The Path of Totality

~ Release group by Korn


The Path of Totality (special edition)KoЯnDigital Media13
Roadrunner Records[none]016861772895
The Path of TotalityKornCD11
  • XE2011-12-02
Roadrunner RecordsRR7728-2016861772826
The Path of TotalityKornCD13
  • DE2011-12-02
Roadrunner Records
The Path of Totality (special edition)KornCD + DVD-Video13 + 28
  • GB2011-12-05
Roadrunner RecordsRR7728-5016861772857
The Path of TotalityKornCD + DVD-Video13 + 28
  • CA2011-12-06
Roadrunner Records, Warner Music Canada (imprint of Warner Music Canada)1686-177285016861772857
The Path of Totality (special edition)KornCD + DVD-Video13 + 27
  • DE2011-12-06
Roadrunner RecordsRR7728-5016861772857
The Path of TotalityKornCD11
  • US2011-12-06
Roadrunner Records1686-177284016861772840
The Path of TotalityKornCD13
  • US2011-12-06
Roadrunner Records
The Path Of TotalityKorn12" Vinyl11
  • XE2018-03-02
Music on Vinyl (imprint of Music on Vinyl B.V. Do not use for manufacturing/distribution relationships!), Roadrunner RecordsMOVLP20548719262005587


associated singles/EPs:Get Up! by Korn feat. Skrillex
Narcissistic Cannibal by Korn feat. Skrillex & Kill the Noise
Narcissistic Cannibal: The Remixes by Korn feat. Skrillex & Kill the Noise
Discogs: [info]
reviews: [info]
Allmusic: [info]
Wikidata:Q582679 [info]

CritiqueBrainz Reviews

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There aren't many bands who can claim to have invented a genre. Korn did just that, though, when their 1994 self-titled debut down-tuned heavy music and wore its vulnerability like an ugly but distinctive scar as it stared into the abyss.

Nine albums and millions of record sales later, it's unrealistic to ask that they stay the same angry young men. Still, there's something particularly frustrating about the way they've settled into a well-worn groove - complete with their trademark clicking basslines and stop-start riffs - ever since their third album, 1998's Follow the Leader, put a gloss on their sound and sent it supernova.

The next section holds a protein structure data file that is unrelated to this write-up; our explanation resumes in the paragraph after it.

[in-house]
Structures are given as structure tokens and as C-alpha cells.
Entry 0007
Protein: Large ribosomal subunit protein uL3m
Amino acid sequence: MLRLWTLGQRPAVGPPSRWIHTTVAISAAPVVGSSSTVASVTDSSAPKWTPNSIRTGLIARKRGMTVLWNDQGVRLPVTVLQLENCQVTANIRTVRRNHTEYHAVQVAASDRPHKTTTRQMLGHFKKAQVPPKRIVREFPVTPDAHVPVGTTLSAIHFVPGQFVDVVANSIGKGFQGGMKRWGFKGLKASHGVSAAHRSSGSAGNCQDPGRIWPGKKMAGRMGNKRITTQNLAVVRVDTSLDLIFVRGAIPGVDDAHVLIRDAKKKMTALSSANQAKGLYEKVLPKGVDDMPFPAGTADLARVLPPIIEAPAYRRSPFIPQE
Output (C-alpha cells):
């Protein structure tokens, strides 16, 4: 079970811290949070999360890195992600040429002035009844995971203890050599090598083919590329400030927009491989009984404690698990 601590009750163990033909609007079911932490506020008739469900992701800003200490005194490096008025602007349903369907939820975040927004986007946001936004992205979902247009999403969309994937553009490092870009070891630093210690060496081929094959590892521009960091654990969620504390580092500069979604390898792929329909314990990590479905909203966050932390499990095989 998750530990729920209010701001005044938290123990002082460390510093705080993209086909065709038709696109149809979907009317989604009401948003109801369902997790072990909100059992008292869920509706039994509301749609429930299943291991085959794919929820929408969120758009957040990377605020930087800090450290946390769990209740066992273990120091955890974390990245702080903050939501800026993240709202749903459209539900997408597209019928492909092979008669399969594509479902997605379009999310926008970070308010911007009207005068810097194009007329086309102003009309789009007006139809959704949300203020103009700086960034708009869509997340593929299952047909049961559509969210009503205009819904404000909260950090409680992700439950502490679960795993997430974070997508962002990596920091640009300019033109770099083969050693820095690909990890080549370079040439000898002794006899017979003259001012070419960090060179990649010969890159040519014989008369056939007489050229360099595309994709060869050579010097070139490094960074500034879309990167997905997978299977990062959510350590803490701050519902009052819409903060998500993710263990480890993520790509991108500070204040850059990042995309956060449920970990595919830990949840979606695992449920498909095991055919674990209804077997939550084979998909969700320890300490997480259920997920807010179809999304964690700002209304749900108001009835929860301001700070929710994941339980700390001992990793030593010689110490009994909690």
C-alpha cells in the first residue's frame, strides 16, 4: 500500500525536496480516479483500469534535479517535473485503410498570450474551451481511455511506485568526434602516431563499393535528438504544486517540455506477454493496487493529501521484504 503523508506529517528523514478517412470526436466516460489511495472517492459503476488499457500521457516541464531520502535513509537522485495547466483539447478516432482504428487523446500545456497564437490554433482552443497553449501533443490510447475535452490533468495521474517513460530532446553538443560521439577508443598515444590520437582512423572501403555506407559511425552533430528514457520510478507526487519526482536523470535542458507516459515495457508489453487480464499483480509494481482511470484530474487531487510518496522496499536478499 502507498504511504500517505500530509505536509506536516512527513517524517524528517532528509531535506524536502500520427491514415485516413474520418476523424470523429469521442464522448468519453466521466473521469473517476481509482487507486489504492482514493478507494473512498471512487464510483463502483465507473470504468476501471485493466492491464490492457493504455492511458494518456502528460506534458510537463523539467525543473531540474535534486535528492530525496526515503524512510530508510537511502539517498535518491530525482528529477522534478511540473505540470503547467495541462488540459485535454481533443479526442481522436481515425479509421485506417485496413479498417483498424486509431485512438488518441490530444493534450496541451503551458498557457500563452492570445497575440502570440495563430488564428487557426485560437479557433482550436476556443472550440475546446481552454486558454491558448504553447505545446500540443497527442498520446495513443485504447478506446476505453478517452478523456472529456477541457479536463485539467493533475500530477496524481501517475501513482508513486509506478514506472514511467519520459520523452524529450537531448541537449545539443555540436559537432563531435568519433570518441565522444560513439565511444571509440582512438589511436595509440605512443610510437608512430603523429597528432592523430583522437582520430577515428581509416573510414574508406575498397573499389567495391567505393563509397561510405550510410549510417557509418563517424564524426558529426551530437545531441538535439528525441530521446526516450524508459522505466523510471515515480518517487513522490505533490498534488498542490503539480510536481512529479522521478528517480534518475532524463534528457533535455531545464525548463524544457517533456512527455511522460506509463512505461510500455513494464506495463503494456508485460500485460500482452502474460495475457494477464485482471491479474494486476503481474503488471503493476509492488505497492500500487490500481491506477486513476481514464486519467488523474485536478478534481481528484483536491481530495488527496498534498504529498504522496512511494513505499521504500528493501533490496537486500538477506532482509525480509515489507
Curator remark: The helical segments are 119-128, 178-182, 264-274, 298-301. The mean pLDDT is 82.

Until now, that is. Tenth studio album The Path of Totality is a bold attempt at a new direction - sonically, at least. In collaboration with the vanguard of popular dubstep - most notably Skrillex and Noisia - they've taken their now immediately recognisable sound and put a dizzying spin on it.

They get full marks for effort but, unfortunately, not for the end results. It's a credit to all parties involved that this doesn't simply sound like a remix album, but once the novelty of the squelching, space-aged din they've birthed fades, what's apparent is how little Korn have to say for themselves these days. Lead single Get Up! is an empty-headed party starter, while its follow-up, Narcissistic Cannibal, sounds jumbled, bloated and directionless. It doesn't help that Jonathan Davis' vocals are frequently swamped by what surrounds them, but even when he's not clear it's more than apparent that the fire that lit up early, nerve-twisting invectives against bullying (Clown) and homophobia (Faget) and big hits such as Freak on a Leash just isn't burning here.

Still, there are a couple of edifying shocks the system. Burn the Obedient is a rare occasion on which they harness their new powers to sound truly intimidating, and closing track Bleeding Out's use of piano, bagpipes and a coherent narrative makes it an ear-catching final call. Too much of the rest lacks the same impact, with the main consolation being that Korn have rediscovered their pioneering spirit.